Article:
Anyone working with Schubert’s autographs inevitably runs up sooner or later against the famous accent question: that is, more precisely, the question of whether the sign notated at this or that passage means an accent or a decrescendo hairpin. Although both signs in modern music notation are very clearly distinguished one from the other – an accent is placed directly above the note head, the hairpin below or above the stave –, they are closely related in origin. When in the expiring 18th century the signs for getting louder or softer (crescendo and decrescendo hairpins) arose as alternatives or substitutes for the written-out directives crescendo and decrescendo, the > sign evolved as an abbreviated decrescendo hairpin. The correlation becomes graphic for instance in Beethoven’s songs. Continue reading
Posted in Monday Postings
Tagged accent, An die ferne Geliebte, An die Geliebte, Beethoven, D 803, decrescendo, HN 562, HN 9562, Octet, Op. 98, Schubert, WoO 140
The basic idea behind an Urtext edition is well known; it is a composition edited in such a way that it corresponds to the composer’s will, ending up the ‘definitive version’ as a rule. Yet what about having to consider two wills und a ‘pair’ of definitive versions…? Continue reading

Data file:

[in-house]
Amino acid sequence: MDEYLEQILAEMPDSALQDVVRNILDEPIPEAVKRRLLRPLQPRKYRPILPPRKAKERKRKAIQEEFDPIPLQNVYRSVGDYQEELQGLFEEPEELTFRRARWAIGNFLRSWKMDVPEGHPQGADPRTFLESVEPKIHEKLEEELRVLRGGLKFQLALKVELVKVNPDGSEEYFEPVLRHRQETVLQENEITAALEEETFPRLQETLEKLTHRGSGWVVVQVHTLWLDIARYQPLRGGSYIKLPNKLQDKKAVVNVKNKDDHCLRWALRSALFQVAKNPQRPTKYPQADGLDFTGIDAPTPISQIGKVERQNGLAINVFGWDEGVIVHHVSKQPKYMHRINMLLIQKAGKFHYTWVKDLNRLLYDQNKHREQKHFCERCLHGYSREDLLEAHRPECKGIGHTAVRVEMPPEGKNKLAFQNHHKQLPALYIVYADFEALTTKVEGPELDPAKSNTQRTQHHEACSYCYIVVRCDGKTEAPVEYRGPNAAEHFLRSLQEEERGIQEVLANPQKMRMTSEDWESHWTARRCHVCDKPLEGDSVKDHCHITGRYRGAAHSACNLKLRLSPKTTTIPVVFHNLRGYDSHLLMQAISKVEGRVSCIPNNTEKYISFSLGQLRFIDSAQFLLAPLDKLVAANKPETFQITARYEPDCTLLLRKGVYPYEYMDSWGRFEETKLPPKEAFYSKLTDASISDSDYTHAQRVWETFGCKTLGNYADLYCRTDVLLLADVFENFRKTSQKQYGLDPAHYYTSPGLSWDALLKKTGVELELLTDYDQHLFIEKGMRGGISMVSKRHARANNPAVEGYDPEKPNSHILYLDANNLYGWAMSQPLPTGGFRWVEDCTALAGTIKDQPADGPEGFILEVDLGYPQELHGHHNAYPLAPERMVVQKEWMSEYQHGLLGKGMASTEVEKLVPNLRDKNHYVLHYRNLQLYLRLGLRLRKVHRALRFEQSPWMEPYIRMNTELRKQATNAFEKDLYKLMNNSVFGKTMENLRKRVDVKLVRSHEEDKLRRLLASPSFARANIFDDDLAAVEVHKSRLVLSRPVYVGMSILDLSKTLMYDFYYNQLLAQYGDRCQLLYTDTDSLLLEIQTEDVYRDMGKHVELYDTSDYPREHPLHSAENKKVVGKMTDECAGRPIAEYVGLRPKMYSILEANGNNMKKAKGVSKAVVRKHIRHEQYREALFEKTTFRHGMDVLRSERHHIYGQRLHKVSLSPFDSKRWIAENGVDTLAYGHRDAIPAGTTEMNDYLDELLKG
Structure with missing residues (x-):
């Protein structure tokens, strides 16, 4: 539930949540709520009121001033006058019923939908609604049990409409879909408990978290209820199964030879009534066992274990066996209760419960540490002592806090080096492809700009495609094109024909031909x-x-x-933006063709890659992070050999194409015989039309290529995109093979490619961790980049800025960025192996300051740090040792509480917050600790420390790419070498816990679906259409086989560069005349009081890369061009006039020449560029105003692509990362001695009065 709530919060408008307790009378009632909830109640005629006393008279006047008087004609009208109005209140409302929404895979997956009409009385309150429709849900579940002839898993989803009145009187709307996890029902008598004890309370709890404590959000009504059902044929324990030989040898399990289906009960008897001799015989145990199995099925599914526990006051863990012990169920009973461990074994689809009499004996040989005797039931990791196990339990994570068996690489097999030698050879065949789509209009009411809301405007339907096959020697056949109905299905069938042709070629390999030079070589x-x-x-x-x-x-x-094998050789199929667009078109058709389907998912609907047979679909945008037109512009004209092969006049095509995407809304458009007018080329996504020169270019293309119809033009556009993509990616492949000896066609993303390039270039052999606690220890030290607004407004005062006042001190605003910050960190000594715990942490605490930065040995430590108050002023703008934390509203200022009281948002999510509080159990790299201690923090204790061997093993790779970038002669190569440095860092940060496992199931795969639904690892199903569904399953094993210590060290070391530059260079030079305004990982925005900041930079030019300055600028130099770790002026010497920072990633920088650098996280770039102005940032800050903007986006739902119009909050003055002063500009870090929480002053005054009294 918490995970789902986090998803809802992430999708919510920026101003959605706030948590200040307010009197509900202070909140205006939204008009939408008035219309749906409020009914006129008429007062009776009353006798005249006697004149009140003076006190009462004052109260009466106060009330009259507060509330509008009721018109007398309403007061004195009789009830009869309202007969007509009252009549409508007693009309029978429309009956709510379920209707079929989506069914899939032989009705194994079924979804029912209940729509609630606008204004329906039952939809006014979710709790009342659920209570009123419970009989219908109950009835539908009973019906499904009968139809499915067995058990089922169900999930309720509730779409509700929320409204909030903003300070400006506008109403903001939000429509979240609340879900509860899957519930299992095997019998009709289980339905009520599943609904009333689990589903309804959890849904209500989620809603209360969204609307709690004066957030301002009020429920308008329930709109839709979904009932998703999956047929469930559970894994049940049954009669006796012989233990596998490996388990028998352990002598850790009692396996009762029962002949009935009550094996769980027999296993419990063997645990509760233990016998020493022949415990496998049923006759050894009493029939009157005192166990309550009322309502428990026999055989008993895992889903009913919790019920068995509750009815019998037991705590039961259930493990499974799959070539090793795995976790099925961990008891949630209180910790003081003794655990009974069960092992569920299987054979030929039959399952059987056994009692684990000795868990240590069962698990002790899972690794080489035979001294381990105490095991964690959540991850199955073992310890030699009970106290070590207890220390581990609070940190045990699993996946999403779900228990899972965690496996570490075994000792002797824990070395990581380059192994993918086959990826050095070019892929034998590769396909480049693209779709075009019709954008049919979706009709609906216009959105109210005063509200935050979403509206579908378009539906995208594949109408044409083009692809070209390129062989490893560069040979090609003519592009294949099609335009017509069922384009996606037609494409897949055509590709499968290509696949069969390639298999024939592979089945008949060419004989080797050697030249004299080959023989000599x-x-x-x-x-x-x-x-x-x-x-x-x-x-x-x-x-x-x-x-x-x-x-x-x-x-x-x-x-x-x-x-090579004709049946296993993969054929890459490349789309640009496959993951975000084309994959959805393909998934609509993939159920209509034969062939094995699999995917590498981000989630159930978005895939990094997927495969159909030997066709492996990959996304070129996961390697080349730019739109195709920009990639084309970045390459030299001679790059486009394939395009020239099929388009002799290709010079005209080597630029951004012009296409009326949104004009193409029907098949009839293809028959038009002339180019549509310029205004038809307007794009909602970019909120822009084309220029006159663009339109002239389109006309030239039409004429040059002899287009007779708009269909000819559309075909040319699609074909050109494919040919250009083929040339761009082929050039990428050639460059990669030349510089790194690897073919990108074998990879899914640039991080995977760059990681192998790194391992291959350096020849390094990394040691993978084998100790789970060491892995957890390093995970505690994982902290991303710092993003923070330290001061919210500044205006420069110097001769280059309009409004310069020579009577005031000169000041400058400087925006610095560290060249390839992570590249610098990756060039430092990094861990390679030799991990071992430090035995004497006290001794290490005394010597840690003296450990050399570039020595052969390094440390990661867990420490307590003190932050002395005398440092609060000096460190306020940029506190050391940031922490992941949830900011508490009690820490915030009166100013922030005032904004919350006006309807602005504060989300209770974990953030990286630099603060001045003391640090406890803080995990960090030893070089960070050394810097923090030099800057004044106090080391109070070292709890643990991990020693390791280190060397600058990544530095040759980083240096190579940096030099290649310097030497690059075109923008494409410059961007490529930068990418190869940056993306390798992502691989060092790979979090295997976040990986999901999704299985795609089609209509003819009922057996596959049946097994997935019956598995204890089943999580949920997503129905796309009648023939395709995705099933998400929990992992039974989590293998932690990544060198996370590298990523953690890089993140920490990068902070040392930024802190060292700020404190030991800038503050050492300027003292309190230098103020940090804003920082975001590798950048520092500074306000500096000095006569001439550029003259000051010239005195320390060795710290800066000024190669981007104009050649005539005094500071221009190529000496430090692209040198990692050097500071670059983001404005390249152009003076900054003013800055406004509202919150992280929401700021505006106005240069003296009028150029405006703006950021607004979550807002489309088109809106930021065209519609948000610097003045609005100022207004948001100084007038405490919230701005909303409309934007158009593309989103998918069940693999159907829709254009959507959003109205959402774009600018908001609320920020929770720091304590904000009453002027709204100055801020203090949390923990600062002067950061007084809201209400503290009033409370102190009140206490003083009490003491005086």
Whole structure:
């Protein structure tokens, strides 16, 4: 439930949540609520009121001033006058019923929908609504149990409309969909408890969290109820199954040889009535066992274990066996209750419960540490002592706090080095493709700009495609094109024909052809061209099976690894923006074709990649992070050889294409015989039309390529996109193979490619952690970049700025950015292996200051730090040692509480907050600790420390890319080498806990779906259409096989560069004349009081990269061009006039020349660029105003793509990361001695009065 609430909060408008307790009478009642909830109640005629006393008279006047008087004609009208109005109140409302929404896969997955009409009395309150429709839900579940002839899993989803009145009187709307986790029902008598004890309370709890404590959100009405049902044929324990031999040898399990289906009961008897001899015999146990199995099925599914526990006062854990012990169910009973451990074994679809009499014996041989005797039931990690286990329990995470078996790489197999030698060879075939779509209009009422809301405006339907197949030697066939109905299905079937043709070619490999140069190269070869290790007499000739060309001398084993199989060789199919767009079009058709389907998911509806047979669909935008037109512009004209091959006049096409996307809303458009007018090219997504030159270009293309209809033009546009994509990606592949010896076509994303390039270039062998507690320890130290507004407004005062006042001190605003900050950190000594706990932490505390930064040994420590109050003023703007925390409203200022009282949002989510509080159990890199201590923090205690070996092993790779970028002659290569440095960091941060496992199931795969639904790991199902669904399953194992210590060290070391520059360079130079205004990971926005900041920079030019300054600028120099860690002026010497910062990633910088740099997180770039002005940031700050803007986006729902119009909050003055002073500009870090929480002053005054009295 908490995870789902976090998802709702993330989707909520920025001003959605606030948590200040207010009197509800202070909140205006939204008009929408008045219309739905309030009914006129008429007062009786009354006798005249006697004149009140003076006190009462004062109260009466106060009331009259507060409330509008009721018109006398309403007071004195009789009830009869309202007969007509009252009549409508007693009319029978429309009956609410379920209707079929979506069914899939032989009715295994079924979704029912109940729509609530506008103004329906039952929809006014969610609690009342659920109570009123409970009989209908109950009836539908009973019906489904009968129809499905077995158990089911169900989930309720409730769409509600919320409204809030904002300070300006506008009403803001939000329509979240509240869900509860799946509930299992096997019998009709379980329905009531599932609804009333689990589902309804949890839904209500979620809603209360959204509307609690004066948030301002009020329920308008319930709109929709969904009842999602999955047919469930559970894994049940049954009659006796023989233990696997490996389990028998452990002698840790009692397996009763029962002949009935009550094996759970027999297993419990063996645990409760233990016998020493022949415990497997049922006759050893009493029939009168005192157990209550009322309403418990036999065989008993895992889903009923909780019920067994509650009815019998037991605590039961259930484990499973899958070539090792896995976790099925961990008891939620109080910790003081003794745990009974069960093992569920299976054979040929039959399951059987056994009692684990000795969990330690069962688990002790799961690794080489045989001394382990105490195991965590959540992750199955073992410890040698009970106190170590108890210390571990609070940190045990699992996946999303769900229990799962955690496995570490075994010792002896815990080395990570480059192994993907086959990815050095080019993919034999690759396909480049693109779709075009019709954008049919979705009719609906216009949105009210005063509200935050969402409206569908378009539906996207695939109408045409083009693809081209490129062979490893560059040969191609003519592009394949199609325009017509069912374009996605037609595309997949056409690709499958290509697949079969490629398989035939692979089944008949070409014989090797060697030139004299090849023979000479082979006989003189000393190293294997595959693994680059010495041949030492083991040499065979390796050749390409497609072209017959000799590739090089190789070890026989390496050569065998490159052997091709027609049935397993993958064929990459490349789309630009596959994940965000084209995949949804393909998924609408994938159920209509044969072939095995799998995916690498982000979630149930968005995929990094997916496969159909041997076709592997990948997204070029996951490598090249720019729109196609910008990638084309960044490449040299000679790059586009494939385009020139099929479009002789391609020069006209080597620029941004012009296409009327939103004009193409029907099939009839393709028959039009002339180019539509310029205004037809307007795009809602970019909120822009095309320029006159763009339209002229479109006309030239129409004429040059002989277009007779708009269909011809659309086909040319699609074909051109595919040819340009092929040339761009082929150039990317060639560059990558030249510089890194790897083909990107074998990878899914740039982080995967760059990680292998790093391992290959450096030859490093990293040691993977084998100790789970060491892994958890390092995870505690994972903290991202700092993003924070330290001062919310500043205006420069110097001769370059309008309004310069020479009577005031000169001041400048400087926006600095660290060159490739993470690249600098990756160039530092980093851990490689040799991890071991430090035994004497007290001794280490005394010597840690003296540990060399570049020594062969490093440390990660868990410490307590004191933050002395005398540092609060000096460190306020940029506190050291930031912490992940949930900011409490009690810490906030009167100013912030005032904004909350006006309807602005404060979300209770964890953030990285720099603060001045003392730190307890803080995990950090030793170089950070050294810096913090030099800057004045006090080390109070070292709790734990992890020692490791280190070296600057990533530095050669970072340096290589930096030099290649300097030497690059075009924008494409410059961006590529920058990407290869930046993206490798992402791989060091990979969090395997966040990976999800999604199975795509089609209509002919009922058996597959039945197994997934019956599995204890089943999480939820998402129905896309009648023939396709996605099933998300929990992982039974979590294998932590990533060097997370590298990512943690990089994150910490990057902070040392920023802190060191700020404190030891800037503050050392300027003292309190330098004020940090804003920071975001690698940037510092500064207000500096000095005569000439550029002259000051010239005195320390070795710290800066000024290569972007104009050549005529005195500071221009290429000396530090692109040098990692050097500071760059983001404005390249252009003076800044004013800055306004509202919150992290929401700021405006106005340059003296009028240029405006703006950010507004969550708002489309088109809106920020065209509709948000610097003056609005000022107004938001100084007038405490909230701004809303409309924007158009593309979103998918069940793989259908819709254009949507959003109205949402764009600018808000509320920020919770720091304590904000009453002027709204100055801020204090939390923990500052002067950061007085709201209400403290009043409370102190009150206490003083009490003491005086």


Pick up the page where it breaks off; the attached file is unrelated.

Observations on the necessity of body language in piano playing
Wilhelm Busch: "Der Virtuos", 1865 (Source: Wikimedia.org, Licence: PD)
For today, an altogether practical subject for those of us who play piano and are pianists: Perhaps it has still not gotten about everywhere that piano playing appeals to the eye more than to the ear! Pianists have then a fair chance of winning competitions only if they reinforce their playing with expressive body movements and facial expressions. A current, reportedly serious study
proves it: That is to say, upon merely watching soundless (!) competition shots, lay people as well as professionals chose the same (!) winners as the expert panel of judges at the same competition. In other words: the eye, not the ear predetermines solid piano playing. Or put another way: The jury, wearing earplugs, would also have nominated the same winner. Now that’s something to really make you think…. Continue reading